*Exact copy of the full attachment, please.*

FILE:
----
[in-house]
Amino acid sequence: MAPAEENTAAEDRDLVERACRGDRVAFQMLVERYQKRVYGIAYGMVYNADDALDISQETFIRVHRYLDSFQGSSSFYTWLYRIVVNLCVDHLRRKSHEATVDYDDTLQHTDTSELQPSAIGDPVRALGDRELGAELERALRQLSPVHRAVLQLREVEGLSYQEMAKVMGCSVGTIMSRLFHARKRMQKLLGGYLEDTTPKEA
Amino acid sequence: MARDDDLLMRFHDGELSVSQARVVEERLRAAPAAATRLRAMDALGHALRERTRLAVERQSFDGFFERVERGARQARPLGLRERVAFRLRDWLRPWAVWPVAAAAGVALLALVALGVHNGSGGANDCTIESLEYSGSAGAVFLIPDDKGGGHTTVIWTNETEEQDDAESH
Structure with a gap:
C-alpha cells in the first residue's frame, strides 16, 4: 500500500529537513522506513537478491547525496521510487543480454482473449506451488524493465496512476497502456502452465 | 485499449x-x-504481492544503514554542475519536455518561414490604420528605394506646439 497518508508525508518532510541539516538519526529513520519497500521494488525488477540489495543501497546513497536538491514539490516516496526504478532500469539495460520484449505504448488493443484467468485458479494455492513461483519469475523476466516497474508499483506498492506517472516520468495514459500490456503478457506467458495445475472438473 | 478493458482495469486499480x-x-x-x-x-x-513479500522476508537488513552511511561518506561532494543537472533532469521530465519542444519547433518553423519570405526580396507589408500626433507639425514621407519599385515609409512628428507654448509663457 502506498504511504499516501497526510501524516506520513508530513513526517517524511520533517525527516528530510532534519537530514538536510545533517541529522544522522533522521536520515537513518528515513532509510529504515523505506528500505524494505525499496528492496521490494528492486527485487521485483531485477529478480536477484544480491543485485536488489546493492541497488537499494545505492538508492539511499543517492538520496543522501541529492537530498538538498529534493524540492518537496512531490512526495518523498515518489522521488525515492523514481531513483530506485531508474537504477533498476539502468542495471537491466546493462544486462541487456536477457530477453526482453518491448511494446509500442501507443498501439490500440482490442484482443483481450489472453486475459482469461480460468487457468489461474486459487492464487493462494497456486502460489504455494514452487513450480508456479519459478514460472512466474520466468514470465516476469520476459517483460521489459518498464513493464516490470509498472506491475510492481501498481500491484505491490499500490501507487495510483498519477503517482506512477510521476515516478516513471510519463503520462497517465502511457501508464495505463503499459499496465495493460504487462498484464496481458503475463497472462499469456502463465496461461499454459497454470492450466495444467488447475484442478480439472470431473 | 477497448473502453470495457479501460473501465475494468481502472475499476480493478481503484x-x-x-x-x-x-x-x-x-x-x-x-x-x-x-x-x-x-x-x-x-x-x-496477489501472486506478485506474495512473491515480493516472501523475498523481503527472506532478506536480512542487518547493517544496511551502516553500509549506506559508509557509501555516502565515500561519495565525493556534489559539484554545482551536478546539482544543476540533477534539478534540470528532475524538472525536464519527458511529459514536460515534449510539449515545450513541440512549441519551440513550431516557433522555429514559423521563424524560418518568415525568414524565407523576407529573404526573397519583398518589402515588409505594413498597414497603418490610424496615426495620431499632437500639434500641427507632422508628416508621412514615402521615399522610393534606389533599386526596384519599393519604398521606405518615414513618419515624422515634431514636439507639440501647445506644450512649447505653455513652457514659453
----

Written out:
[in-house]
Amino acid sequence: MAPAEENTAAEDRDLVERACRGDRVAFQMLVERYQKRVYGIAYGMVYNADDALDISQETFIRVHRYLDSFQGSSSFYTWLYRIVVNLCVDHLRRKSHEATVDYDDTLQHTDTSELQPSAIGDPVRALGDRELGAELERALRQLSPVHRAVLQLREVEGLSYQEMAKVMGCSVGTIMSRLFHARKRMQKLLGGYLEDTTPKEA
Amino acid sequence: MARDDDLLMRFHDGELSVSQARVVEERLRAAPAAATRLRAMDALGHALRERTRLAVERQSFDGFFERVERGARQARPLGLRERVAFRLRDWLRPWAVWPVAAAAGVALLALVALGVHNGSGGANDCTIESLEYSGSAGAVFLIPDDKGGGHTTVIWTNETEEQDDAESH
Structure with a gap:
C-alpha cells in the first residue's frame, strides 16, 4: 500500500529537513522506513537478491547525496521510487543480454482473449506451488524493465496512476497502456502452465 | 485499449x-x-504481492544503514554542475519536455518561414490604420528605394506646439 497518508508525508518532510541539516538519526529513520519497500521494488525488477540489495543501497546513497536538491514539490516516496526504478532500469539495460520484449505504448488493443484467468485458479494455492513461483519469475523476466516497474508499483506498492506517472516520468495514459500490456503478457506467458495445475472438473 | 478493458482495469486499480x-x-x-x-x-x-513479500522476508537488513552511511561518506561532494543537472533532469521530465519542444519547433518553423519570405526580396507589408500626433507639425514621407519599385515609409512628428507654448509663457 502506498504511504499516501497526510501524516506520513508530513513526517517524511520533517525527516528530510532534519537530514538536510545533517541529522544522522533522521536520515537513518528515513532509510529504515523505506528500505524494505525499496528492496521490494528492486527485487521485483531485477529478480536477484544480491543485485536488489546493492541497488537499494545505492538508492539511499543517492538520496543522501541529492537530498538538498529534493524540492518537496512531490512526495518523498515518489522521488525515492523514481531513483530506485531508474537504477533498476539502468542495471537491466546493462544486462541487456536477457530477453526482453518491448511494446509500442501507443498501439490500440482490442484482443483481450489472453486475459482469461480460468487457468489461474486459487492464487493462494497456486502460489504455494514452487513450480508456479519459478514460472512466474520466468514470465516476469520476459517483460521489459518498464513493464516490470509498472506491475510492481501498481500491484505491490499500490501507487495510483498519477503517482506512477510521476515516478516513471510519463503520462497517465502511457501508464495505463503499459499496465495493460504487462498484464496481458503475463497472462499469456502463465496461461499454459497454470492450466495444467488447475484442478480439472470431473 | 477497448473502453470495457479501460473501465475494468481502472475499476480493478481503484x-x-x-x-x-x-x-x-x-x-x-x-x-x-x-x-x-x-x-x-x-x-x-496477489501472486506478485506474495512473491515480493516472501523475498523481503527472506532478506536480512542487518547493517544496511551502516553500509549506506559508509557509501555516502565515500561519495565525493556534489559539484554545482551536478546539482544543476540533477534539478534540470528532475524538472525536464519527458511529459514536460515534449510539449515545450513541440512549441519551440513550431516557433522555429514559423521563424524560418518568415525568414524565407523576407529573404526573397519583398518589402515588409505594413498597414497603418490610424496615426495620431499632437500639434500641427507632422508628416508621412514615402521615399522610393534606389533599386526596384519599393519604398521606405518615414513618419515624422515634431514636439507639440501647445506644450512649447505653455513652457514659453